“‘I wouldn’t want to weigh myself every day. Over time, sure, but the daily fluctuations are virtually meaningless.’”
— Danika Waddell, Xena Financial Planning
There’s the emotional factor too. “Psychologically, most people simply don’t thrive when their nose is immersed in the rollercoaster of their account balances in a volatile market — regardless of their time horizon,” Cooper said.
Think about what’s going to produce more anxiety: Checking often or checking less, Waddell said. If checking more than once a month causes anxiety, don’t do it. But if quarterly checks feel too far away, go with monthly or weekly checks that feel like a less stressful frequency.
But there’s no point in daily checks, which Waddell likened to daily trips to the scale. “I wouldn’t want to weigh myself every day. Over time, sure, but the daily fluctuations are virtually meaningless.”
When to watch your 401(k) or investment accounts
Time horizons and temperament are two things to keep in mind on the question of persistent peeping.
So is the type of account — and if it’s a brokerage account, that’s a strong reason to look more often, according to Todd Minear, a managing member of Open Road Wealth Management, in Liberty, Mo. One reason is the spot a portfolio’s laggards and dump them for tax purposes, he explained.
Selling assets, like stocks, at a loss can give owners a capital loss they can apply against capital gains taxes. If the amount of losses exceed the gains, the Internal Revenue Service will let a taxpayer deduct losses up to $3,000 against their income.
Batching losses and strategically selling is tax loss harvesting, and it’s a strategy some investors may want to consider for their brokerage account Minear said.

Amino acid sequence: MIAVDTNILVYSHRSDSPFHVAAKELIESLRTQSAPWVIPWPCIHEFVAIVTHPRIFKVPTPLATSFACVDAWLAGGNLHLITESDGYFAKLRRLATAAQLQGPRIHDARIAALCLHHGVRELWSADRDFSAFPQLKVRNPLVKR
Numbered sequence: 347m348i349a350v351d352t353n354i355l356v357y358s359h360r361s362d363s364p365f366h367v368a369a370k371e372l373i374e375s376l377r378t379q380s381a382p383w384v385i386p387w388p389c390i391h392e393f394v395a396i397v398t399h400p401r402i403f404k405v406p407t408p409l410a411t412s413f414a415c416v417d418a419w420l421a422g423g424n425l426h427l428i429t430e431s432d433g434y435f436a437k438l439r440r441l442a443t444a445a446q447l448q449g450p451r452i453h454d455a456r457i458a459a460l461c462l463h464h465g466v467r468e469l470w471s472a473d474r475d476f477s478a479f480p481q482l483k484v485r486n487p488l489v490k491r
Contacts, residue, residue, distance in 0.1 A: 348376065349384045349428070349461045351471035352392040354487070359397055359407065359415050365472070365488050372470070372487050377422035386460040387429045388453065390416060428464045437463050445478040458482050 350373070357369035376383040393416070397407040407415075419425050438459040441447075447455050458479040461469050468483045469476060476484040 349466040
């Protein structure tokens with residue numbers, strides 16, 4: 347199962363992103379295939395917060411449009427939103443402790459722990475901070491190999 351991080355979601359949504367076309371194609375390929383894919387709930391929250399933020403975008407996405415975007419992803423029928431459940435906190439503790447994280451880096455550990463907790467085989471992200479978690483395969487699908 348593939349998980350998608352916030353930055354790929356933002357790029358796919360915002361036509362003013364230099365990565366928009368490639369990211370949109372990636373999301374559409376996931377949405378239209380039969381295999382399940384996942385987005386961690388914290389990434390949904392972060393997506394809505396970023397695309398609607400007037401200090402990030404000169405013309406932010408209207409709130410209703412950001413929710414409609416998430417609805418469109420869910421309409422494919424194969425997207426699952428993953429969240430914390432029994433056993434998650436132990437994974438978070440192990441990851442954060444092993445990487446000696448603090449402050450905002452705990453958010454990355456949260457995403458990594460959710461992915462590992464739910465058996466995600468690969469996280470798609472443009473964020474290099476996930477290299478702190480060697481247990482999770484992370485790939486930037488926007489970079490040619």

“if you want to switch from a traditional IRA to a Roth IRA, that’s one reason to keep closer tabs on how your account is performing.”
Rebalancing an IRA or a 401(k) account by adding and omitting certain investments does not result in a tax event the following tax season. But if you want to switch from a traditional IRA to a Roth IRA given the market pullback, that’s another reason to keep closer tabs on how their account is performing, Minear said.
In a Roth IRA, contributions are not deductible, but distributions come out tax free. If you expect to be in a higher tax bracket when tapping the money for distributions, it could be advantageous to get the tax liability out of the way sooner. Converting from a traditional IRA to a Roth IRA requires the cash on hand to pay the tax bill attached to the switch.
An account with values beaten down by market forces is going to result in a smaller tax bill for conversion, Minear explained. Of course, you’ve got to check your account balance first to even start considering the move.
That gets back to the subject of retirement accounts and how closely people should be watching if retirement dates are approaching.
“‘Major swings today may or may not be fully recoverable by the time in which you expect the money to have some withdrawal demands.’”
— Eric Cooper, Commonwealth Financial Group
People who will need to start using account money in the coming three to six years, an intermediate time frame, might have to pay “a little more attention because major swings today may or may not be fully recoverable by the time in which you expect the money to have some withdrawal demands,” Cooper wrote. Think quarterly or monthly reviews here.
For people who need account money in two year or less — maybe cash for a down payment on a house or distributions to start retirement — Cooper said you should remain “engaged with the portfolio.”
That’s where monthly, or biweekly checks by the investor or their adviser are appropriate, Cooper added.
Ultimately, it’s a balance of priorities, personality (yours) and the kind of portfolio you have.
“What I hear from nonclients is ‘Yeah, I just don’t even open my statements.’ ” But, he added, “A person who doesn’t know what’s going on can have a lot of anxiety.”
Still, there’s a limit on account peeks, Minear added: “Don’t pull it up on your app five times a day.”
The one question to ask yourself about your 401(k) when stock indexes are dropping
How to manage your money — and emotions — when it seems like the world is falling apart
This story was updated on June 16.